SAN DIEGO — In the western San Bernardino Mountains, near the highway that links Los Angeles and Las Vegas, scientists recently discovered a geological mystery: colossal rocks perched in precarious poses right next door to the San Andreas Fault.
It's not the rocks' balancing act that is perplexing, said Lisa Grant Ludwig, a scientist who presented this puzzle to colleagues this week here at the annual meeting of the Seismological Society of America. It's how the rocks have managed to stay that way with such an aggressive maker of powerful earthquakes just a few miles away.
Rocks with seemingly acrobatic balance are seen all over the world. Meteorological and geological forces wash away the material around them, leaving the giant rocks balanced like a top. There's even a term for them: Precariously Balanced Rocks, or PBRs for short, said Ludwig, an assistant professor at the University of California, Irvine.
"When you start to get into seismically active areas there are fewer and fewer," Ludwig told OurAmazingPlanet. "And you don't expect to see them right next to active faults —and you don't, generally." [Images: One-of-a-Kind Places on Earth]
In fact, PBRs are used to verify earthquake hazard maps. "Quite some time ago it was recognized that wherever you see these things, it's an indication there haven't been a lot of really strong earthquakes because they haven't been shaken down," Ludwig said.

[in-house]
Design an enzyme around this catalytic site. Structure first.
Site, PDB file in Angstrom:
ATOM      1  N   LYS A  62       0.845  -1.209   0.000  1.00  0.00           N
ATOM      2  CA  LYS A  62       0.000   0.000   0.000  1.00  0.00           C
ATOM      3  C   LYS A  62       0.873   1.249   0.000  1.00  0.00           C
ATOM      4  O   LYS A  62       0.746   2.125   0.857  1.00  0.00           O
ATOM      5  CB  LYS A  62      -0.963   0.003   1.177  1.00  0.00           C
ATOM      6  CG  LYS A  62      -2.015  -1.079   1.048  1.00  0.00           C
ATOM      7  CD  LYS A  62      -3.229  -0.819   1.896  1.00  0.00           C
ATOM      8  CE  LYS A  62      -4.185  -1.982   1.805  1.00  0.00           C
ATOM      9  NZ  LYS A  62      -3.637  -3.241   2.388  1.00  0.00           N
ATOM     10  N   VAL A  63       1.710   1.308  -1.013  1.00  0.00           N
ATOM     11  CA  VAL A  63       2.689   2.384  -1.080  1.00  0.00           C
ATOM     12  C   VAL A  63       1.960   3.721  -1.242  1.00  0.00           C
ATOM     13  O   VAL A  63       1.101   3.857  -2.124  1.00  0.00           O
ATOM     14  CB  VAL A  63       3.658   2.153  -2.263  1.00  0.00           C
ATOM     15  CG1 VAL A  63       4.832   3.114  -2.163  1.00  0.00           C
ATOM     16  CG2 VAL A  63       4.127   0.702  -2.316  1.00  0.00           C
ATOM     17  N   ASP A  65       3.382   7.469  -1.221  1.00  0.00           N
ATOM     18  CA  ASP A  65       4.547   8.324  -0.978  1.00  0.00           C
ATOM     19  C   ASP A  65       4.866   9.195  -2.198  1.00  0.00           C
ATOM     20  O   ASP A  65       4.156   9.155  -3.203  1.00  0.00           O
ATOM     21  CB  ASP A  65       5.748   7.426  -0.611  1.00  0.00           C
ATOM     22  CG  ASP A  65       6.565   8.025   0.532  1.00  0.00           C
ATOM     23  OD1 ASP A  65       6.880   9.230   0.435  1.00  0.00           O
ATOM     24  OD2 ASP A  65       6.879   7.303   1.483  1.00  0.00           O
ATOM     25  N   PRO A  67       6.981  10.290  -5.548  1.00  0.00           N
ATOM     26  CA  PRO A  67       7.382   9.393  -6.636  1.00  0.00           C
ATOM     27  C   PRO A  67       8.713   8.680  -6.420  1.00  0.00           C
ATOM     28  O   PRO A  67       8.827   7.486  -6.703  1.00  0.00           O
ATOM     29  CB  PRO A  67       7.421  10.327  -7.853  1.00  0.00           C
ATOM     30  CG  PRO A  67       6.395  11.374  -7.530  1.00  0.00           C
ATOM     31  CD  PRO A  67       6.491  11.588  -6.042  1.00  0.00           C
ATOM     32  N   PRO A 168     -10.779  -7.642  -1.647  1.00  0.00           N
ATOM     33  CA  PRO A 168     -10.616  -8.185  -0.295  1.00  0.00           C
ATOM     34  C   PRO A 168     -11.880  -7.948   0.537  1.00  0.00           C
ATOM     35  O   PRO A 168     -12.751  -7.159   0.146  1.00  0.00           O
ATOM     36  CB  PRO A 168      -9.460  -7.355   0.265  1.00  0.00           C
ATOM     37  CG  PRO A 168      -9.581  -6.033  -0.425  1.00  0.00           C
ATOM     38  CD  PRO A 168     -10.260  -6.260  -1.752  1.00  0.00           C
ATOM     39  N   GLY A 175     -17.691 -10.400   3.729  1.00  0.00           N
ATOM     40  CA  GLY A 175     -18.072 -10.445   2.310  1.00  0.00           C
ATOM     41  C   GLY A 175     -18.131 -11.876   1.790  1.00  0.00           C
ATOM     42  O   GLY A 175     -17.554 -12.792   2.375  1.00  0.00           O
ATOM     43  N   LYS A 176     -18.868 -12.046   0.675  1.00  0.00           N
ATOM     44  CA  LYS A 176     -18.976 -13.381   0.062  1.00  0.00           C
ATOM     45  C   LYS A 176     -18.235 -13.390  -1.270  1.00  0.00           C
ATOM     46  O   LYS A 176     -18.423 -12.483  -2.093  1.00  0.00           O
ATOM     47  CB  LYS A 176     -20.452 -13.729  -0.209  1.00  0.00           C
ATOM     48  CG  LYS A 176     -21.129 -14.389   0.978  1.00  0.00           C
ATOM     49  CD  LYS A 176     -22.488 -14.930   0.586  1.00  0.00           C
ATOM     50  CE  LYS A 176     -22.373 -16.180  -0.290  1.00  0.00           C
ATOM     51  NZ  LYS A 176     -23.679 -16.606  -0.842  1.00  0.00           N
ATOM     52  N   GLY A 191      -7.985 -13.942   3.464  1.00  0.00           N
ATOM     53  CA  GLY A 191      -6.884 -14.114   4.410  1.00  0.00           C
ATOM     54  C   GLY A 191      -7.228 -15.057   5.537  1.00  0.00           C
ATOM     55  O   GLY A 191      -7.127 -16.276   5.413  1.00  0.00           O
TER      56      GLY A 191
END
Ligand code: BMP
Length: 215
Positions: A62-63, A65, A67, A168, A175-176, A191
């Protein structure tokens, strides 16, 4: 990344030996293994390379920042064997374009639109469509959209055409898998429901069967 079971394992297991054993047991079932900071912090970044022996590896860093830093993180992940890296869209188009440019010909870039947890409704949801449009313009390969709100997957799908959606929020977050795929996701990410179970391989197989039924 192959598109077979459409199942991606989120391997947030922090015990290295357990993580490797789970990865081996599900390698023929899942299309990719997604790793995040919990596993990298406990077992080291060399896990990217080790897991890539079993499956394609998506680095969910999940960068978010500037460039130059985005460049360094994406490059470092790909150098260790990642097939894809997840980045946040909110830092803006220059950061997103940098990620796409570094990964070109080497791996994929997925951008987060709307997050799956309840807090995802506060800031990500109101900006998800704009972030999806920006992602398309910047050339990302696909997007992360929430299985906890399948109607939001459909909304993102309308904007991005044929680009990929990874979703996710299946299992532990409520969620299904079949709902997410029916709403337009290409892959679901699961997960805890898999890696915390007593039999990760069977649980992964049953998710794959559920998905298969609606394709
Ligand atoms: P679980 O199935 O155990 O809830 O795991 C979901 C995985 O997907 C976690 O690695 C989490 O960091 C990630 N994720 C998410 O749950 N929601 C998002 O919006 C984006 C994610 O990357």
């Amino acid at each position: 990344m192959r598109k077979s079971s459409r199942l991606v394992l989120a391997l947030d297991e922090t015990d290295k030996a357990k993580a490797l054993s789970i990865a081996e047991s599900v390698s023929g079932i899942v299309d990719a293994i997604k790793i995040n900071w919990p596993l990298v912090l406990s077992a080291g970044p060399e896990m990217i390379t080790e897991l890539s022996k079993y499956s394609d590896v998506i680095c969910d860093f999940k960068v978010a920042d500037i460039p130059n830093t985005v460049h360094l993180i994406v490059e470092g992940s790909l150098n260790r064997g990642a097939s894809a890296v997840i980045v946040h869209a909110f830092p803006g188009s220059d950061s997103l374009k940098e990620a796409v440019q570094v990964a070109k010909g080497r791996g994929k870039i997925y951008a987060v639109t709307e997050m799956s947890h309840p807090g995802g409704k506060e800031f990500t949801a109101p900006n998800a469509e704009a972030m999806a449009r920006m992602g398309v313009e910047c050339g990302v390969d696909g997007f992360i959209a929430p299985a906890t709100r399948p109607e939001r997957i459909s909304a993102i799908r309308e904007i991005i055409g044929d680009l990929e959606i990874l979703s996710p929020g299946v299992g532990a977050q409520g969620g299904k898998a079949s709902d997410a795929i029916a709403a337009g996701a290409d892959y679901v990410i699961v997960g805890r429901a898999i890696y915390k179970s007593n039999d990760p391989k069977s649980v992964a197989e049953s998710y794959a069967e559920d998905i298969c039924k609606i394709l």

That's what makes the San Bernardino PBRs so very strange. There are two pockets of more than a dozen of the gracefully balancing rocks, and some are only 4 miles (7 kilometers) from the fault.
Ludwig said that when a colleague brought her pictures of the rocks — and asked how they could possibly withstand the earthquakes that tear along the San Andreas Fault — she had to go see them for herself.
"I have spent most of my career documenting large earthquakes on the San Andreas Fault," Ludwig said. "I could rock some of [the PBRs] with my hand."
Subsequent dating research revealed that the rocks had been standing in their positions for millennia — in some cases as long as 18,000 years. "That's a long time for something that is so close to a big fault," Ludwig said.
It's not clear why violent shaking has apparently spared the two small pockets near the fault where the rocks still stand. "I think it shows an area of complexity in the fault rupture," Ludwig said, "and that is what a lot of my colleagues seem to agree on in the discussion."
She said it's something that researchers will be pursuing next. "We don't have a good explanation," she said.
This story was provided by OurAmazingPlanet, a sister site to LiveScience. Reach Andrea Mustain at firstname.lastname@example.org. Follow her on Twitter @AndreaMustain. Follow OurAmazingPlanet for the latest in Earth science and exploration news on Twitter @OAPlanet and on Facebook.